Planning & living

This is where I part company with dogmatic coaches who impose rigorous planning and schedules on their clients. Life can turn into a series of bets on the plan. Rather than being instructive, the inevitable failures can be debilitating. Worse, as you note, this planning process can become a lifestyle in itself and distract you from real life. This can make your plan an albatross.

There is a line in a John Lennon song (though he may have borrowed it from cartoonist Allen Saunders): “Life is what happens to you while you’re busy making other plans.”

I try to remind myself that at any moment, in any day, I may have to drop my plans, because something more compelling confronts me and I have to deal with it — like it or not.

I think planning is a good thing because, as you point out, you can learn a lot from the process. But planning is an idea. It’s not real life.

Coping vs. planning

In a short, potent book called Management of the Absurd, Richard Farson suggests that there is no such thing as planning — only coping. He says that coping is far more important a skill than planning. Why? Because the world keeps coming at us in unexpected ways. Planning implies controlling the world around us. Coping — to Farson and to me — implies changing ourselves to effectively meet the challenges of what the world throws at us.

The planner can be left destroyed by the unexpected. But the coper can ride any wave, to one extent or another, and survive or even flourish.

Plan as best you can, but be ready to cope with all the wonder, pain, disaster, and opportunity that life throws at you. That’s where life is — on the edge of change, in the way we deal with everything we encounter, and in the ways it changes us.

Kill the Buddha

Please don’t surmise that I believe coaching or getting coached is a bad thing. But you hired the coach, and only you can fire the coach. The coach might have been wonderful, and now it may be time to stop working together. It may be time for you to cope with your coach.

Remember what the guru told the pilgrim who was searching for the Buddha. The pilgrim wanted to know, “When I find the Buddha, what should I ask him?”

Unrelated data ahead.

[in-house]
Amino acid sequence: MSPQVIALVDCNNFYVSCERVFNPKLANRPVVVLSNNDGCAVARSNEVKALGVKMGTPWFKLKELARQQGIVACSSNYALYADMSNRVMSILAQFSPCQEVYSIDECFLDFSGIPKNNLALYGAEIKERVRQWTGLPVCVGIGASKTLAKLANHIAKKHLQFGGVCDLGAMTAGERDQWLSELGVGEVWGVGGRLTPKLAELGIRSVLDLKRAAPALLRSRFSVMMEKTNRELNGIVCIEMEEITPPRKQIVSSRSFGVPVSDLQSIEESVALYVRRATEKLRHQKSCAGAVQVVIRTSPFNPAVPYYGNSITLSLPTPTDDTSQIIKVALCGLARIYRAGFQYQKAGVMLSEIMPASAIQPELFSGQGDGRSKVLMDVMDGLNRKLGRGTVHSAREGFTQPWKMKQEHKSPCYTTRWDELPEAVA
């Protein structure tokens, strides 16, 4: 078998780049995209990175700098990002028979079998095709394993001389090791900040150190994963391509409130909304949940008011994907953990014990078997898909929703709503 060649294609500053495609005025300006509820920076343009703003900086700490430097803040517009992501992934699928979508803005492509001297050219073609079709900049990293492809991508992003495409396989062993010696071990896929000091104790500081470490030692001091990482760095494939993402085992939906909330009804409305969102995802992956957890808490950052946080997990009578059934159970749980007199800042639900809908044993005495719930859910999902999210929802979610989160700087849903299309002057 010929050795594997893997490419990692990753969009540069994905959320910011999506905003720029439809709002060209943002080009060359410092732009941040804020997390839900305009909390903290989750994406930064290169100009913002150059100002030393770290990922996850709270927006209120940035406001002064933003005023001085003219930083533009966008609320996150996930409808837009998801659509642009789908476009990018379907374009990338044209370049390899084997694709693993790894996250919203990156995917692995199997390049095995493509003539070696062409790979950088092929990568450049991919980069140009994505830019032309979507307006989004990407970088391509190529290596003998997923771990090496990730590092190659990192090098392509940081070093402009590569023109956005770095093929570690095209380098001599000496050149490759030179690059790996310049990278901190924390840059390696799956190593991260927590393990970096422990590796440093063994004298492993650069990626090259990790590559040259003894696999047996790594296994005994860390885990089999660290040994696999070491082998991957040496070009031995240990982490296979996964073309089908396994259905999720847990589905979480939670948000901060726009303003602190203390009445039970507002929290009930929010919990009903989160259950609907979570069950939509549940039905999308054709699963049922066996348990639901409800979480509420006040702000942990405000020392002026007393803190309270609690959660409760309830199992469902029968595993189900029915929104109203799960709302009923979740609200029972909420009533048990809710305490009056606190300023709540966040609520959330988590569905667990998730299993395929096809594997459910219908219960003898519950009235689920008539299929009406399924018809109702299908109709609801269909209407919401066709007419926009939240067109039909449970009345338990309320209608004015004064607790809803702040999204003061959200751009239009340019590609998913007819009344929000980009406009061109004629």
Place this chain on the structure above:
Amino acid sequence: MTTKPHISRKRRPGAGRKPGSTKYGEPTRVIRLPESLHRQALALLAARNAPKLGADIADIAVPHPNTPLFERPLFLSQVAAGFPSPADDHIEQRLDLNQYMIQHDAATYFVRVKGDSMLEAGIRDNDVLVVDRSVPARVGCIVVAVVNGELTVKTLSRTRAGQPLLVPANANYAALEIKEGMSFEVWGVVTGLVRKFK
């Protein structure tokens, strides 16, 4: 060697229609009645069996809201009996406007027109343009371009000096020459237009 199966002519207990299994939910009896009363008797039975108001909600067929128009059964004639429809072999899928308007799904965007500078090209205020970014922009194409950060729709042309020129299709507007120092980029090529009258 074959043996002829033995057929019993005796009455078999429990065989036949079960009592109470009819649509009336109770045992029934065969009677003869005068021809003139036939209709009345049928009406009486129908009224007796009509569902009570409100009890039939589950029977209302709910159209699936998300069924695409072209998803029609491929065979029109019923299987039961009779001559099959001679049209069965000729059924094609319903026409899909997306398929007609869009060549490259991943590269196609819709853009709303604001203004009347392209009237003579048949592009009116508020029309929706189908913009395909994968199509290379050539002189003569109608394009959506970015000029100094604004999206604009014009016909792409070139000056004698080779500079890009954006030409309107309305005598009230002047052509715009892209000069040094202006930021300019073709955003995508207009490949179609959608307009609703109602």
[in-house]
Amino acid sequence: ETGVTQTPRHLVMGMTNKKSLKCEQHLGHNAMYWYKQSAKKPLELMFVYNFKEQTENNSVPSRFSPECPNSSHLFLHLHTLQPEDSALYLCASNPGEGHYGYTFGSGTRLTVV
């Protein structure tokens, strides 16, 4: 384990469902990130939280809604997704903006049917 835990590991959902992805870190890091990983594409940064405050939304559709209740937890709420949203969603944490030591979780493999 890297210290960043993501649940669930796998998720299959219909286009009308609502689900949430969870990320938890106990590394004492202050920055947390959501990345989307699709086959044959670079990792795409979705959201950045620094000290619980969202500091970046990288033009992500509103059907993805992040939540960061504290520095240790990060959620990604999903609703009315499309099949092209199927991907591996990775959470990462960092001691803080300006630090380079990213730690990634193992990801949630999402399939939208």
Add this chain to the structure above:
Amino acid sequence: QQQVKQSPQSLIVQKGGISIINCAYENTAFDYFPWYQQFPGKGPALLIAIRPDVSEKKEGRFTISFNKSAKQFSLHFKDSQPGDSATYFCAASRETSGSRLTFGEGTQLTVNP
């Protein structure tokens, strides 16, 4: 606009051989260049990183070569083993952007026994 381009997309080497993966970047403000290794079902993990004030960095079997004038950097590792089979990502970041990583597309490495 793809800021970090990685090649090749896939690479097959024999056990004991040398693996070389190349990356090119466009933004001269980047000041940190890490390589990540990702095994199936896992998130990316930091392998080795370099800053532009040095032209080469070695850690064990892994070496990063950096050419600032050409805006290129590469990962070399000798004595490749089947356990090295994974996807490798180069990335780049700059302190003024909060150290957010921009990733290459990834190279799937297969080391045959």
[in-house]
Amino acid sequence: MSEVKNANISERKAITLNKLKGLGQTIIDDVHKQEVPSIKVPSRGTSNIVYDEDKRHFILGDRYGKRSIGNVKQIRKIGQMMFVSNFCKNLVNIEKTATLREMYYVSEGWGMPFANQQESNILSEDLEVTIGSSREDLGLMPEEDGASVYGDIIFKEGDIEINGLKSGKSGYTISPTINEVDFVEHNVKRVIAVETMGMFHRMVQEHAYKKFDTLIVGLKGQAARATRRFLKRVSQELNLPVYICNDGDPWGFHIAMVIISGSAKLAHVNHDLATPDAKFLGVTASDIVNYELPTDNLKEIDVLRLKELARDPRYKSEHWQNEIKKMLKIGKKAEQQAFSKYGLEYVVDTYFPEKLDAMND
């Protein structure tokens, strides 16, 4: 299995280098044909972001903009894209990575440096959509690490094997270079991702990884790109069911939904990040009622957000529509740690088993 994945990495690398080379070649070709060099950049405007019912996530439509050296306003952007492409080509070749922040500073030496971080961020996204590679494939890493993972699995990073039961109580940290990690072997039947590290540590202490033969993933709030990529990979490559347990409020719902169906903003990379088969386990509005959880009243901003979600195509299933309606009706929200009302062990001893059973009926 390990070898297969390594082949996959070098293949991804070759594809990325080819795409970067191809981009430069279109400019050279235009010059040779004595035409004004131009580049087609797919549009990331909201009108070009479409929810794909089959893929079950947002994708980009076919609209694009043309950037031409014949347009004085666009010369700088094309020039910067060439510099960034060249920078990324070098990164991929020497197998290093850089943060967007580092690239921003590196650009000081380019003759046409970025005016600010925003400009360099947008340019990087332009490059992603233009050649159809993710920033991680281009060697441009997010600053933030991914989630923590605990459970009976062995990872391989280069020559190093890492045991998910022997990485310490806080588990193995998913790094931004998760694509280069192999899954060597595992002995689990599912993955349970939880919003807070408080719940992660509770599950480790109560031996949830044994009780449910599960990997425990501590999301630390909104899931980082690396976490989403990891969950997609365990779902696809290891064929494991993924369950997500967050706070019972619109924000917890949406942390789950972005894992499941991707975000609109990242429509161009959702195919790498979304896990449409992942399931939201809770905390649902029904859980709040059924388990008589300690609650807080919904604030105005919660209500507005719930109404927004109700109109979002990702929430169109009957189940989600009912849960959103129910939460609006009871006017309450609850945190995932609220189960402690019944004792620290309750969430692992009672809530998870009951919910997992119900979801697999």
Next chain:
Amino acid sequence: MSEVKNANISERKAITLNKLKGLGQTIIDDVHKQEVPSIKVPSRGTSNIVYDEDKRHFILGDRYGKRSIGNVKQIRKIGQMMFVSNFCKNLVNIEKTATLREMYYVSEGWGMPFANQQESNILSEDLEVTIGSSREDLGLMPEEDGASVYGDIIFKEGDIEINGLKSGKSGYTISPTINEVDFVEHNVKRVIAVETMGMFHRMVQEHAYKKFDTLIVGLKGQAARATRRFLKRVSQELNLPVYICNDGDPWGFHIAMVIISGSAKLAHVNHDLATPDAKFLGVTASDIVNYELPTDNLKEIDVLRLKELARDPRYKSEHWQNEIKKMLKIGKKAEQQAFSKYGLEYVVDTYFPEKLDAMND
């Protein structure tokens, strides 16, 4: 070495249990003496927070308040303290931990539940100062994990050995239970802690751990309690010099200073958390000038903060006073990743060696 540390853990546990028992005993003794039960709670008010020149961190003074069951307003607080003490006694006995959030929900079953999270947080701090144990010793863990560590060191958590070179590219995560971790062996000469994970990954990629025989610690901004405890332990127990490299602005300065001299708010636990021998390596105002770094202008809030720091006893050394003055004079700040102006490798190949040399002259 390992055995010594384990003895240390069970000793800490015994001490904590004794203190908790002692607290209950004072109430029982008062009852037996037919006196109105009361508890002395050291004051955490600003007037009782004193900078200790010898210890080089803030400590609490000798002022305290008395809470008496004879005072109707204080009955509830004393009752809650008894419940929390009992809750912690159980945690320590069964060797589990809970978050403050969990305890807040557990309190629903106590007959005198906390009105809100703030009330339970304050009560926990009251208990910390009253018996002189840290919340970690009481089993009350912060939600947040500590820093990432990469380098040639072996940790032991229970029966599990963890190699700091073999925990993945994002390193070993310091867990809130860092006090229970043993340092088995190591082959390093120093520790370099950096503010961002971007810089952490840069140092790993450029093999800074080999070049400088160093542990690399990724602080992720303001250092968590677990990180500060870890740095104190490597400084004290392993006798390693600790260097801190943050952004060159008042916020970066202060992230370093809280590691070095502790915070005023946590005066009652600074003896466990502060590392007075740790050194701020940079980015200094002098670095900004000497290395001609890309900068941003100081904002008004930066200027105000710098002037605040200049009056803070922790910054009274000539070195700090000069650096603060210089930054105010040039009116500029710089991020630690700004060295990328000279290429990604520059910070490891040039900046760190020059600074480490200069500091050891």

The guru replied, “If you meet the Buddha on the road, kill him.”

Hmmm. The bookend to John Lennon’s quote may be the title of a (very good) Van Morrison album: No Guru, No Method, No Teacher. Could it be that at the end of every path you choose, the best answers must come from within yourself? Should you kill the Buddha? Don’t ask me.

Have you used an executive or career coach? What was your experience? What advice would you give this reader — and others — about coaching services? Do you believe in planning, or in coping?

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How down-hiring destroys companies

In the May 21, 2019 Ask The Headhunter Newsletter a reader worries down-hiring is an irreversible catastrophe.

Question

down-hiringI joined my company six years ago mainly because every manager and employee I met impressed me. For the first couple of years, we were wildly successful. I’m convinced it was because of the people. As a manager, I am careful to hire only people who match that caliber. But things changed. A mediocre vice president was hired who brought in two managers who were not technically competent. They in turn hired weak staff. Customers started complaining.

Now my team and I spend most of our time putting out fires. Recently the first two people I hired quit in disgust. It’s hard to keep others who report to me motivated. I was asked to do a presentation to our board of directors and I was blunt with them. Two weeks later I was offered the job of CEO. I’m not sure I want it. Is the damage reversible or should I move on?

Nick’s Reply

Strong managers work to build the success of a business by hiring the best people. Insecure managers struggle to preserve their positions in the pecking order by “down-hiring.” That is, they hire weak employees who will not threaten their status.

A people hire A people, but B people will hire C people. When enough B and C people fill critical roles, A people leave. That VP you mentioned — and the weak managers she hired — are bringing down your company because its best people won’t tolerate it.

Like a virus, one B person can devastate your entire organization. I think you need to decide whether you can turn the company’s management team and staff around. That’s a tall order.

Rebuilding by hiring and firing

Think about the critical path: While you can try to purge your company of B and C people, the real challenge is keeping A people focused on hiring more A people.